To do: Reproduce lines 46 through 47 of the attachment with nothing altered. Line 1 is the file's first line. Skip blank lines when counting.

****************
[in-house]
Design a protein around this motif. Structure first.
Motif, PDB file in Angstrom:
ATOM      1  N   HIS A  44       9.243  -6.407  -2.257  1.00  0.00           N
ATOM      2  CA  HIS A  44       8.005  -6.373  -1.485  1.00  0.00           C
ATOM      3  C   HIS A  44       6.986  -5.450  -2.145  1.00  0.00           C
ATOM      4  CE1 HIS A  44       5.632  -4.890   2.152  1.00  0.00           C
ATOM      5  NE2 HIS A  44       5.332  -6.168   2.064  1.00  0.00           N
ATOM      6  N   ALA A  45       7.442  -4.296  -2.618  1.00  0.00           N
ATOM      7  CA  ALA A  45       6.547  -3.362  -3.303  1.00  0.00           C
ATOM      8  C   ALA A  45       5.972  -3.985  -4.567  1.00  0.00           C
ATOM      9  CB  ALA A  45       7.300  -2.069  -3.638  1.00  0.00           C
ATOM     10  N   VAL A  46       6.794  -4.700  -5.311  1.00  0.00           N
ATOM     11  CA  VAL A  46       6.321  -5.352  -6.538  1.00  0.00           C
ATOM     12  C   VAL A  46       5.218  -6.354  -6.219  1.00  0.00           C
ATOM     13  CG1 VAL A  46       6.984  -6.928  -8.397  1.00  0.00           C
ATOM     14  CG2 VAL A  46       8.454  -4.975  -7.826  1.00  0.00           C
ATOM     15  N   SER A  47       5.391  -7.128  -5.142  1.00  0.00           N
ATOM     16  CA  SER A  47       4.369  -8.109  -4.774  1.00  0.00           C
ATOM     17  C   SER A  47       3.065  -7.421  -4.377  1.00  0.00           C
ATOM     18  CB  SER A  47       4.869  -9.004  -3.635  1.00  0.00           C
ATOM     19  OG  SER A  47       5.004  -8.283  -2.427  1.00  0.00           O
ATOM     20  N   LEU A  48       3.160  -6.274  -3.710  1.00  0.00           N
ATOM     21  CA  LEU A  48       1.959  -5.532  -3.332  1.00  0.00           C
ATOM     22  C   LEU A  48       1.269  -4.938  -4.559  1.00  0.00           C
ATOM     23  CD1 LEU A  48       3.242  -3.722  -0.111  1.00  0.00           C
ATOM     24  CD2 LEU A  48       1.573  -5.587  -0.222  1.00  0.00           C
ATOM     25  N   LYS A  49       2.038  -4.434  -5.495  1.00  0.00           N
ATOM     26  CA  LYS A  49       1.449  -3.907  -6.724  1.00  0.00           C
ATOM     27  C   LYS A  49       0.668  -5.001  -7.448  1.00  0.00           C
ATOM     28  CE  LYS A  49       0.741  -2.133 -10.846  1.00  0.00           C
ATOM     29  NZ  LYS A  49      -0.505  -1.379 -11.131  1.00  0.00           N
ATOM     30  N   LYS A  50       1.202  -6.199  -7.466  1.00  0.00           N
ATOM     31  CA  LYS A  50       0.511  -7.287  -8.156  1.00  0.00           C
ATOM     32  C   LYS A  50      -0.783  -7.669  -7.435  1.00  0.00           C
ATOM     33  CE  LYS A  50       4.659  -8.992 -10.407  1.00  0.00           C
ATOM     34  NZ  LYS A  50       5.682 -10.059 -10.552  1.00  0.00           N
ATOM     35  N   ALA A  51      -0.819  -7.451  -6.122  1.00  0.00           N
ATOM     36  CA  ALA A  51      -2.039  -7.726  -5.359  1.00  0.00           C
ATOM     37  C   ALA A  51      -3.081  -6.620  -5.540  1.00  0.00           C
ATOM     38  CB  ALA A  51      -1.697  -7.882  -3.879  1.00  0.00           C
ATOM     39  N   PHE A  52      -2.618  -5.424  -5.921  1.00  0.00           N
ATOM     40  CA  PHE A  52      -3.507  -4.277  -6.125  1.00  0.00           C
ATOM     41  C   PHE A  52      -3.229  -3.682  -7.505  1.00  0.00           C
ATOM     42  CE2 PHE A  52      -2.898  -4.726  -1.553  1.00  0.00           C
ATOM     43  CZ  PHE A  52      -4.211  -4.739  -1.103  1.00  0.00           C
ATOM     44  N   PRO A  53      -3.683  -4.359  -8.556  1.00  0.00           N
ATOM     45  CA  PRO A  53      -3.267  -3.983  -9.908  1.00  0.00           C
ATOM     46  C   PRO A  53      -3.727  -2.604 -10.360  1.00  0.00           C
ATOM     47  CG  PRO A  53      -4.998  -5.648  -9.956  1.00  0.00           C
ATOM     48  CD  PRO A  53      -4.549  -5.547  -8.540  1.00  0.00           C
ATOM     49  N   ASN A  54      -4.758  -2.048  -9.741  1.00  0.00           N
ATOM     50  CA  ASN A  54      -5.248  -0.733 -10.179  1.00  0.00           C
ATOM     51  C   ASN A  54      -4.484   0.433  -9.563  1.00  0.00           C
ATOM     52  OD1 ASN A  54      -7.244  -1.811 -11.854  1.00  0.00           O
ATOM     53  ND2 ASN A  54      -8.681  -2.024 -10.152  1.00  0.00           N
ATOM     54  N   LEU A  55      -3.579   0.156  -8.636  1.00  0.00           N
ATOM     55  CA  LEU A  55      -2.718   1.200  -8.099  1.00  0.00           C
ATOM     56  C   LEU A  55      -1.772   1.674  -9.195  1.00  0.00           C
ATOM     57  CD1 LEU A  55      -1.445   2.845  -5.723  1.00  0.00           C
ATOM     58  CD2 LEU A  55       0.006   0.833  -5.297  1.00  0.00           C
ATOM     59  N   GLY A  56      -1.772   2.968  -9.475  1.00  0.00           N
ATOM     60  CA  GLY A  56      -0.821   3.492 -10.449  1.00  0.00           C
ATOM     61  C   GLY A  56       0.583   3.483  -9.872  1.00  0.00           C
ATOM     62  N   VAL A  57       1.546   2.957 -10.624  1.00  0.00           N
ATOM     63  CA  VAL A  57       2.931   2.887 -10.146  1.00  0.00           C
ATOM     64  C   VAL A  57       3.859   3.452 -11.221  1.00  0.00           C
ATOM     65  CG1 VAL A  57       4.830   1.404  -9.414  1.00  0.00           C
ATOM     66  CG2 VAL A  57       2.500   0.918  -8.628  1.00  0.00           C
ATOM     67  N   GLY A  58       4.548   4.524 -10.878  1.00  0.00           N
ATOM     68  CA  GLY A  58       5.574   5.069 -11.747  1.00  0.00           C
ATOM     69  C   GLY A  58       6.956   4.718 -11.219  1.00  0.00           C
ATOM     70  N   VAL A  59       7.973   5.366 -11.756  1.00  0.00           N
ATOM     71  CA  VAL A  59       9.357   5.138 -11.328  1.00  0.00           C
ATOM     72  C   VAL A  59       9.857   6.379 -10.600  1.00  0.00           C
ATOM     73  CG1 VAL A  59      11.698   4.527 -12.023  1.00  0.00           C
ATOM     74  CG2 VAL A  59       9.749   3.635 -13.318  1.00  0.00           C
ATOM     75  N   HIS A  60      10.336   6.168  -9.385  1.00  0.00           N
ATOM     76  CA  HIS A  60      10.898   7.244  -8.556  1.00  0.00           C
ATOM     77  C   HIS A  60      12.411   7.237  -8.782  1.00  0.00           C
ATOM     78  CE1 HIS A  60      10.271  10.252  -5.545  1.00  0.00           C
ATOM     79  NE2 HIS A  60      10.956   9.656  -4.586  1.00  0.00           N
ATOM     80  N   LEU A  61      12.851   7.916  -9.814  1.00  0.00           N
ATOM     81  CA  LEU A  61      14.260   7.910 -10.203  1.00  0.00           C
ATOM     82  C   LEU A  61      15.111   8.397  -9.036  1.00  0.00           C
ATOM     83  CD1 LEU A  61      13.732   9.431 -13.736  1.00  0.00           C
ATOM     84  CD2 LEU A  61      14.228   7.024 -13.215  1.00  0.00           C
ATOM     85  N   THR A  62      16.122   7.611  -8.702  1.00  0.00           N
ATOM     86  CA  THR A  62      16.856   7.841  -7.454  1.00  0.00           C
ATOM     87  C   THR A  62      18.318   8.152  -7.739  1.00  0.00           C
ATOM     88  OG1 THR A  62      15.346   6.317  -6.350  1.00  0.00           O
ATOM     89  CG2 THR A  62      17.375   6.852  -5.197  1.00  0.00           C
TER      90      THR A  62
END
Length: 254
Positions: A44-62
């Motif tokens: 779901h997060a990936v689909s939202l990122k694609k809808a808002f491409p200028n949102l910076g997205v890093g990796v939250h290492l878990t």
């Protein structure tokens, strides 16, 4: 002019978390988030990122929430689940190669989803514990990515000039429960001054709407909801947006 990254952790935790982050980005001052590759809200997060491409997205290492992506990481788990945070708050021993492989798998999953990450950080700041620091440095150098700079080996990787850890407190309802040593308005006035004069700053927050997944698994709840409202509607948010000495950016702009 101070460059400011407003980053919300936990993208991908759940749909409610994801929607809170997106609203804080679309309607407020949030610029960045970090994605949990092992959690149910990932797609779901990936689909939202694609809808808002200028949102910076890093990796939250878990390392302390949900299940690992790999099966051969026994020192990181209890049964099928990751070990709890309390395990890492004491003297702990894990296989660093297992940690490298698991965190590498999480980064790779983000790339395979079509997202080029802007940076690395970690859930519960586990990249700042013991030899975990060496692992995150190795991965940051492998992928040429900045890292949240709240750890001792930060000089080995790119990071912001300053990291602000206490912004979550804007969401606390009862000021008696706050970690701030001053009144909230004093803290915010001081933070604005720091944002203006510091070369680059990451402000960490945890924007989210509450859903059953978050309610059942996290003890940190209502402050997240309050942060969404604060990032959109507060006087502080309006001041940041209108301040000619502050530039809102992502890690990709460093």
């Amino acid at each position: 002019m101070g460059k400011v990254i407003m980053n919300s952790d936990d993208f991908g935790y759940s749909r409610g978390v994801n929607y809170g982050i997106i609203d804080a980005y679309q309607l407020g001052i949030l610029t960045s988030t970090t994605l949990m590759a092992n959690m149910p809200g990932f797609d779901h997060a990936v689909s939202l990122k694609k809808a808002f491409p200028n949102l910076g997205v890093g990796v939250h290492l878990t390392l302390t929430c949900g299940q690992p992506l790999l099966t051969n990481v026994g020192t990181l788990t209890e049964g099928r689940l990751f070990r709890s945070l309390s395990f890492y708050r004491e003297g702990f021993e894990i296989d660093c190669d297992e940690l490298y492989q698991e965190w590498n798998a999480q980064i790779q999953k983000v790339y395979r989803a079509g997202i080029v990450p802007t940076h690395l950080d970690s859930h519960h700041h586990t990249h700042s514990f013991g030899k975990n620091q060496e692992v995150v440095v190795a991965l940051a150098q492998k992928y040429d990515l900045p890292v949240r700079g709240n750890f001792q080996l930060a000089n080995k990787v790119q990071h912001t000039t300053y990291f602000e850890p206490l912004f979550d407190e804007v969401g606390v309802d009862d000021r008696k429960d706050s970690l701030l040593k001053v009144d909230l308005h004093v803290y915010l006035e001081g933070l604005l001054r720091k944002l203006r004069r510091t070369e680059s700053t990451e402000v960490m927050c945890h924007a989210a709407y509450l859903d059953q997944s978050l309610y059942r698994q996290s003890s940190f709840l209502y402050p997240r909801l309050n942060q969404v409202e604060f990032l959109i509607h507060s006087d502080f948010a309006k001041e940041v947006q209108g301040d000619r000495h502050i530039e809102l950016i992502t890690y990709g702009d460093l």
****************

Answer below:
ATOM     43  CZ  PHE A  52      -4.211  -4.739  -1.103  1.00  0.00           C
ATOM     44  N   PRO A  53      -3.683  -4.359  -8.556  1.00  0.00           N